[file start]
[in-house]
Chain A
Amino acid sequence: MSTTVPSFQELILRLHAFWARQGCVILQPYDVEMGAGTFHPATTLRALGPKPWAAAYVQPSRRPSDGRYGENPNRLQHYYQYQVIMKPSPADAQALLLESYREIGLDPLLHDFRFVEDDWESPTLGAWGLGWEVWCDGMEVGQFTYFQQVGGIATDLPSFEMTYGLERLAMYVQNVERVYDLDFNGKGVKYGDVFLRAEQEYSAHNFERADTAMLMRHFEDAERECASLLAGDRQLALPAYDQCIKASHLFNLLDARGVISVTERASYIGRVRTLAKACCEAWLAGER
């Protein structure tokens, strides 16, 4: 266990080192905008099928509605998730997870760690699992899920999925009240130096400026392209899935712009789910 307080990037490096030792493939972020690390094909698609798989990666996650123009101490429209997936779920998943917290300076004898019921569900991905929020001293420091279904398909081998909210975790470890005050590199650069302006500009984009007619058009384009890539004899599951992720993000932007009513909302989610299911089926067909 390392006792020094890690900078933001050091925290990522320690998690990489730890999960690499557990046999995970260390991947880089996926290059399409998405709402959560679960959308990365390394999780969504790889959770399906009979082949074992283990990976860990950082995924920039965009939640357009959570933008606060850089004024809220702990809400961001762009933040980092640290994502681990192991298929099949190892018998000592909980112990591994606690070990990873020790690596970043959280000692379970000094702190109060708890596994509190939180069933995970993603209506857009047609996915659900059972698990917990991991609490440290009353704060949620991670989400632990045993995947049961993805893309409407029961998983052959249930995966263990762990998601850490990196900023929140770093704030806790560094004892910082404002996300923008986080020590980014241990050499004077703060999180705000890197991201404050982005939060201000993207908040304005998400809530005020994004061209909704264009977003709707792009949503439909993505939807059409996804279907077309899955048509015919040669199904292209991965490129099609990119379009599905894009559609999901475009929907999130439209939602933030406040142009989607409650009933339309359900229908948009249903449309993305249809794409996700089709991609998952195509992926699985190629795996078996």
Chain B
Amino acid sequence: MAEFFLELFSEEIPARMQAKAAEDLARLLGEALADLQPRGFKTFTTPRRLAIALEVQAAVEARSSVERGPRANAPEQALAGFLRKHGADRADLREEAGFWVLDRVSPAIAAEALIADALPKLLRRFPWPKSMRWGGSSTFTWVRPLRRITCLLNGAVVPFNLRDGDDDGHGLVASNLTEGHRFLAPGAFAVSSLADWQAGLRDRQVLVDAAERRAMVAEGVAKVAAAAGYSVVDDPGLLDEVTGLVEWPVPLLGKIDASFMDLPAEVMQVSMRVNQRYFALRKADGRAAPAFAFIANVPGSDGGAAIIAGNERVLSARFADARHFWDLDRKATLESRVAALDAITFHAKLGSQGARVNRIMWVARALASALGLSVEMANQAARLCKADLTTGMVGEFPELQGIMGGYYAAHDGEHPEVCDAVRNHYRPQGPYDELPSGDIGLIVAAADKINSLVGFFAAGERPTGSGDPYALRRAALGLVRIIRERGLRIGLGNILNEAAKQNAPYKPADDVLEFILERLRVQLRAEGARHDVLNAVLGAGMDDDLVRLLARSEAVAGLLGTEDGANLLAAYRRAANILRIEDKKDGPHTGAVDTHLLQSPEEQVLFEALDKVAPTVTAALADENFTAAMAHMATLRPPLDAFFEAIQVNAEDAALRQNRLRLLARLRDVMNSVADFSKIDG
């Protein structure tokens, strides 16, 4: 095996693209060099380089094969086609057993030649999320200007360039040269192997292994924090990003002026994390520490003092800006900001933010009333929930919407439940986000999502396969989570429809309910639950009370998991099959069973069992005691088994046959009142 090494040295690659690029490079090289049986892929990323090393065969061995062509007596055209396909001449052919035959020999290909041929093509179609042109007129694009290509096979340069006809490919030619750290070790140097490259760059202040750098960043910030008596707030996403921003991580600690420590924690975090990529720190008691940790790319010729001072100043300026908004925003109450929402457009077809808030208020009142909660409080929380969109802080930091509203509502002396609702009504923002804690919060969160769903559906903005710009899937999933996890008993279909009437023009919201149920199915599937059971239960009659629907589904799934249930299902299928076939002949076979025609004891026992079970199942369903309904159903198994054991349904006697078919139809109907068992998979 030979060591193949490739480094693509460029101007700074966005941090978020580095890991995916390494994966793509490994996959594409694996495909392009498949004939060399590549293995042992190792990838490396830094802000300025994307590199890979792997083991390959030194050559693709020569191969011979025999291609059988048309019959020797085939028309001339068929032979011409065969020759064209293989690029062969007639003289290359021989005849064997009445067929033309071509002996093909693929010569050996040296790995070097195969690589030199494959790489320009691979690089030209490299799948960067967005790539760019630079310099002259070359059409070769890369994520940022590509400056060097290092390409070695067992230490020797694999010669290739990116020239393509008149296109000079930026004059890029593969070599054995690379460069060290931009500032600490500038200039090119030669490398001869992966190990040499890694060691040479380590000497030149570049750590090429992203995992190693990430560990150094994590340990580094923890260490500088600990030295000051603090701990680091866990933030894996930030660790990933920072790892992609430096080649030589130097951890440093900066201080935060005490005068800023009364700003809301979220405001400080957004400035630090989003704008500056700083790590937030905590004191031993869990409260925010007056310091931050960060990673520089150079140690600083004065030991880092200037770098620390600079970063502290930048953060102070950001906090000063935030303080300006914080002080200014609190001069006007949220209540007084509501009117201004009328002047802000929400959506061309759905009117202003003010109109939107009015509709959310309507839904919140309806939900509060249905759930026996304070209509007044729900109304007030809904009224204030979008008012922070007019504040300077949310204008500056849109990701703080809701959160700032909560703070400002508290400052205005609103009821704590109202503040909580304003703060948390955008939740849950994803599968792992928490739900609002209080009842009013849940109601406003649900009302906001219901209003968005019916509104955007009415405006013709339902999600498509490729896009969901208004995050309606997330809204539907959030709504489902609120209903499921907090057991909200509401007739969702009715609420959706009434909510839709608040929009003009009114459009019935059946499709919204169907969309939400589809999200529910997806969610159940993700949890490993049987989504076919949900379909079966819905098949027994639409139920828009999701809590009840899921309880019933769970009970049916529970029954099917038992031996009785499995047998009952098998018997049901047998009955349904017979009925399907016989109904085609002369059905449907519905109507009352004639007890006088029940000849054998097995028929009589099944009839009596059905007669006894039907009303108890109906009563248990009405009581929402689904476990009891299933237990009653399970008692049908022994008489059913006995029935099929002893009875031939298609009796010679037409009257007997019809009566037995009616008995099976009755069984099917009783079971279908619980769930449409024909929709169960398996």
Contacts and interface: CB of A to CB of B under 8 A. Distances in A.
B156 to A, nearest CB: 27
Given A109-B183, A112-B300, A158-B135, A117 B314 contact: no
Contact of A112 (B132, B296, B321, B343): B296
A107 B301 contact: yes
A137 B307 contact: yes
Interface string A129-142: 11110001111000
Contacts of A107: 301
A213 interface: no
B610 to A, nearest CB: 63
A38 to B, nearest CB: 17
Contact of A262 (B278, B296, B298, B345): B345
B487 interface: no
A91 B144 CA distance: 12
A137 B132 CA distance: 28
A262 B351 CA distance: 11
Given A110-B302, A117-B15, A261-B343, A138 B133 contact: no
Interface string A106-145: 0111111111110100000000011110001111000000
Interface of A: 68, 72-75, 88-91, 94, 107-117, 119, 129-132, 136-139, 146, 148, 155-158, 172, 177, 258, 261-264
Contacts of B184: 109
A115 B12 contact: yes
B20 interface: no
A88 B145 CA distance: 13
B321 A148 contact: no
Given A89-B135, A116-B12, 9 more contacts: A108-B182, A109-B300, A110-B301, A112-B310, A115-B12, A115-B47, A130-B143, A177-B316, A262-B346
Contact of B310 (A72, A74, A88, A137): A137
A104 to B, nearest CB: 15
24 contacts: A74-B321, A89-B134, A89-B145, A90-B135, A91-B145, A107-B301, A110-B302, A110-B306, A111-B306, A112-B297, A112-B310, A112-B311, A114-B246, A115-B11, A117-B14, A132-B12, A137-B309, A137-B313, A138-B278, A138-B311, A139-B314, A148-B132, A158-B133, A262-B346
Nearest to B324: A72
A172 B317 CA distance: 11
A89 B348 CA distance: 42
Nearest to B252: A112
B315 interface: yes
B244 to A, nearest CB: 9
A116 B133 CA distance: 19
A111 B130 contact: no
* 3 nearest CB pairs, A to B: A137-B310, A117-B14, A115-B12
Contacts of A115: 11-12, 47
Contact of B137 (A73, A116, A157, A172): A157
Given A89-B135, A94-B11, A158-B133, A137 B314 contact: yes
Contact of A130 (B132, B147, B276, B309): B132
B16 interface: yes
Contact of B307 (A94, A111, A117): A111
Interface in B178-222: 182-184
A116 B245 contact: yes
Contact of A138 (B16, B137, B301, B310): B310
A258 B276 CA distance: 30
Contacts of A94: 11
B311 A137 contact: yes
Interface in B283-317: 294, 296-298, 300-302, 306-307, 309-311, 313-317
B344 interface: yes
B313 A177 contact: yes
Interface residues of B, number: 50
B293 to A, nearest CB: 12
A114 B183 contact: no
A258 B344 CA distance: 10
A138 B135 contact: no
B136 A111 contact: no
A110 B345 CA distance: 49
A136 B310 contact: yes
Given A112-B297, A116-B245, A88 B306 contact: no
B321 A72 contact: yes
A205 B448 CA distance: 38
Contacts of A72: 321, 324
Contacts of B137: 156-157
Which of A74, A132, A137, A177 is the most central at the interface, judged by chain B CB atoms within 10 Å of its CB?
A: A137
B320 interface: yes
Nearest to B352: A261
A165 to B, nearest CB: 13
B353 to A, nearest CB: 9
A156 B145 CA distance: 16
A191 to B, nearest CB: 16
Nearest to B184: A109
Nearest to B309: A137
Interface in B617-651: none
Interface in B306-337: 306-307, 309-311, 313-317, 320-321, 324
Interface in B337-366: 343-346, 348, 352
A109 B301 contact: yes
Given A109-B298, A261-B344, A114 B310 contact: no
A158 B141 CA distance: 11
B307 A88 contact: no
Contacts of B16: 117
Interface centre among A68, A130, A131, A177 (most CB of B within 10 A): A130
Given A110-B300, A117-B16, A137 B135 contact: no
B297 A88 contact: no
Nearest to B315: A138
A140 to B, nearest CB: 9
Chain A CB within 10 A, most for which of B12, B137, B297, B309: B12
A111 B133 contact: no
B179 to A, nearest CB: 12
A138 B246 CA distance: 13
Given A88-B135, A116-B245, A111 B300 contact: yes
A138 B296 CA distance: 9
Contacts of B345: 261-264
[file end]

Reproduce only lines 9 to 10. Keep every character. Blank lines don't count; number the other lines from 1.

B156 to A, nearest CB: 27
Given A109-B183, A112-B300, A158-B135, A117 B314 contact: no